What is a sports hernia?
Despite its name, a sports hernia is not actually a hernia. The condition’s true name is athletic pubalgia. Although the symptoms are similar, the pain and pressure from sports hernias are caused by torn tendons that attach to the pelvis instead of an abdominal muscle separation and protrusion of intestine or other soft tissue.
Sports Hernia Causes
Sports hernias are typically caused by repetitive or explosive motions, especially those that require twisting of the pelvis such as football, hockey, soccer, rugby, skiing, running and hurdling. The soft tissues that perform these movements found in the lower abdomen and pubic area are most frequently torn or injured. The tendons that attach the oblique muscles to the pubic bone are especially vulnerable. In of the case of many sports hernias, the tendons that attach the thigh muscles to the pubic bone (adductors) are also stretched or torn.
Sports Hernia Diagnosis
To identify a sports hernia, a health care provider may use multiple diagnostic techniques but will begin researching how the injury occurred (mechanism of injury). He or she will then conduct a physical examination. Determining the mechanism of injury is important, because specific movements, such as those that involve the pelvis, are far more likely to cause sports hernias. A physical examination is necessary to rule out a true hernia, which can also be caused by athletic activity. Components of the physical examination include inspection, palpation—using hands to feel the injury, and testing of range of motion and motor strength.
If a diagnosis of a sports hernia or the severity of the injury is not clear, the provider may also order an X-ray, ultrasound, CT or MRI to look for injuries to the bone, nerves and soft tissue. An MRI is the most effective imaging technique for identifying tears in soft tissue such as tendon, ligament and muscle. Imaging diagnostics are also important, because lower abdominal and groin injuries tend to present pain in multiple or referred locations.
Sports Hernia Treatments
Specific treatment for a sports hernia will be determined by your doctor based on multiple factors such as your age, health, severity and type of tears, and the desired level of physical activity you wish to return to. Management of a sports hernia is multidisciplinary and nonsurgical treatment is recommended as a first step.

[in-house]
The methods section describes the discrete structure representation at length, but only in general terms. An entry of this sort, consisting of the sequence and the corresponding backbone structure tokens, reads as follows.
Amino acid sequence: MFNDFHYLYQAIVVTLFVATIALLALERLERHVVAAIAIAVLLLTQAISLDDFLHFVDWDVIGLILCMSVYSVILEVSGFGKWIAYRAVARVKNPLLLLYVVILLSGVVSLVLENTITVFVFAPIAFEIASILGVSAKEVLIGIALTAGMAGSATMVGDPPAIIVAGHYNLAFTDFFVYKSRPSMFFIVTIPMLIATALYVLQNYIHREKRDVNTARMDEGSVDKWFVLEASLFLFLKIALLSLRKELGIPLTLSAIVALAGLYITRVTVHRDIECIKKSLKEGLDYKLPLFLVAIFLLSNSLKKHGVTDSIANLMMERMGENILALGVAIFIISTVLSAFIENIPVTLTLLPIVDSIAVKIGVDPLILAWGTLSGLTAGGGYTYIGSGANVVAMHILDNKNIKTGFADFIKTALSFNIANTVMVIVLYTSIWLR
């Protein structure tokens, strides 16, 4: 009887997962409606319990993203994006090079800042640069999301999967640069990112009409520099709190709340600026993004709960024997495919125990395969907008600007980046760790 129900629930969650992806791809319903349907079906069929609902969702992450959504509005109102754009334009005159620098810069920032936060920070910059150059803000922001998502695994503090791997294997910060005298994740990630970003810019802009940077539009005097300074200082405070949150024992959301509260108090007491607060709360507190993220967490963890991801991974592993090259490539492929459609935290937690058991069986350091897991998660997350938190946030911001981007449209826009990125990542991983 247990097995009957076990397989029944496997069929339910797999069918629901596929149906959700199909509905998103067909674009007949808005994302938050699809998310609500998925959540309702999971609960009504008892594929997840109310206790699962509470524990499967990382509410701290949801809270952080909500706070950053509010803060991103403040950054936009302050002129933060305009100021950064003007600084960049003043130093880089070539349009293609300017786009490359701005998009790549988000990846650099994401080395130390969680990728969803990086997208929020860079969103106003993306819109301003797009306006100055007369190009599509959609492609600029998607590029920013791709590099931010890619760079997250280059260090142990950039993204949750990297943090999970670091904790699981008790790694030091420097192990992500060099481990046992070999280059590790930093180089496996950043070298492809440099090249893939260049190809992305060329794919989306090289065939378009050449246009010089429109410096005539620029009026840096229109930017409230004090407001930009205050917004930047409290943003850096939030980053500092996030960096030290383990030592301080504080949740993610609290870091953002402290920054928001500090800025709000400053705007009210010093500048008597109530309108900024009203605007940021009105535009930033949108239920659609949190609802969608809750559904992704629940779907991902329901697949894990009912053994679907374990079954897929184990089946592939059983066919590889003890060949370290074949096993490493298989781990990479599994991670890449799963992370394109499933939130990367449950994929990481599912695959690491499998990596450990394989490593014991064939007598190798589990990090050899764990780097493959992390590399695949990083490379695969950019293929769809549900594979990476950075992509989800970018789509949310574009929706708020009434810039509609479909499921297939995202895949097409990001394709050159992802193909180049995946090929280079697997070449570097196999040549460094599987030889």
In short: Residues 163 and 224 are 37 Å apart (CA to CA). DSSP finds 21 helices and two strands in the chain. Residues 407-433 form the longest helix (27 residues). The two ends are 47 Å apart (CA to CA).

Sports hernia nonsurgical treatment
Mild to moderate symptoms can be typically remedied with rest, anti-inflammatory medication, ice and physical therapy.
Sports hernia surgical treatment
Patients with severe tears may require surgery to address the torn tendons. Many hernia specialists and general surgeons will consult an orthopaedic surgeon for this operation.
Much like the surgical options for true hernias, sports hernia repair can be done as a traditional, open surgery with one long incision or as a minimally invasive endoscopic procedure. In an endoscopy, the surgeon makes multiple small incisions and uses a tubelike camera, called an endoscope, to see inside the abdomen. The surgeon then sutures torn soft tissue or uses a combination of drill holes, anchors, sutures, skin glue and synthetic mesh to reattach fully ruptured ligaments.
If the small inguinal nerve located in the groin has been injured or scarred from years of physical activity, the surgeon will also sever this nerve during the surgery to relieve the patient's pain. This procedure is called an inguinal neurectomy.
Sports hernia additional surgical treatment
In some cases of sports hernia, pain in the inner thigh continues after surgery. An additional surgery, called adductor tenotomy, may be recommended to address this pain. In this procedure, the tendon that attaches the inner thigh muscles to the pubis is cut. The tendon will heal at a greater length, releasing tension and giving the patient a greater range of motion.